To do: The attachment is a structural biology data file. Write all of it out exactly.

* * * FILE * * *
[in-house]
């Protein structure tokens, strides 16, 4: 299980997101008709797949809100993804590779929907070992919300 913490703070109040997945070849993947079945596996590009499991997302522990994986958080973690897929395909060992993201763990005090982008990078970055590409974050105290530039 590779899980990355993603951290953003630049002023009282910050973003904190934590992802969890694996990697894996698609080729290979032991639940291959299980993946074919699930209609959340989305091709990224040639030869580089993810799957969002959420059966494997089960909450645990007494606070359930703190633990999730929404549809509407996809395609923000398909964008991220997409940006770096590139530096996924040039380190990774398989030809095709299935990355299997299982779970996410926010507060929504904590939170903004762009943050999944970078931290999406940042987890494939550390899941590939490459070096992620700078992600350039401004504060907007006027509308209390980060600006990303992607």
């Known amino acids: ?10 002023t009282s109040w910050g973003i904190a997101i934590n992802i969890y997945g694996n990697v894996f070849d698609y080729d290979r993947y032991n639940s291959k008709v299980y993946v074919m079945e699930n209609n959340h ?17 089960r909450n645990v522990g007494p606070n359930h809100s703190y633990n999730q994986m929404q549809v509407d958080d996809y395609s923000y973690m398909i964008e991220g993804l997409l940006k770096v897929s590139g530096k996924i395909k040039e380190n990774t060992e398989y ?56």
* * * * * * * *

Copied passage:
[in-house]
């Protein structure tokens, strides 16, 4: 299980997101008709797949809100993804590779929907070992919300 913490703070109040997945070849993947079945596996590009499991997302522990994986958080973690897929395909060992993201763990005090982008990078970055590409974050105290530039 590779899980990355993603951290953003630049002023009282910050973003904190934590992802969890694996990697894996698609080729290979032991639940291959299980993946074919699930209609959340989305091709990224040639030869580089993810799957969002959420059966494997089960909450645990007494606070359930703190633990999730929404549809509407996809395609923000398909964008991220997409940006770096590139530096996924040039380190990774398989030809095709299935990355299997299982779970996410926010507060929504904590939170903004762009943050999944970078931290999406940042987890494939550390899941590939490459070096992620700078992600350039401004504060907007006027509308209390980060600006990303992607």
């Known amino acids: ?10 002023t009282s109040w910050g973003i904190a997101i934590n992802i969890y997945g694996n990697v894996f070849d698609y080729d290979r993947y032991n639940s291959k008709v299980y993946v074919m079945e699930n209609n959340h ?17 089960r909450n645990v522990g007494p606070n359930h809100s703190y633990n999730q994986m929404q549809v509407d958080d996809y395609s923000y973690m398909i964008e991220g993804l997409l940006k770096v897929s590139g530096k996924i395909k040039e380190n990774t060992e398989y ?56």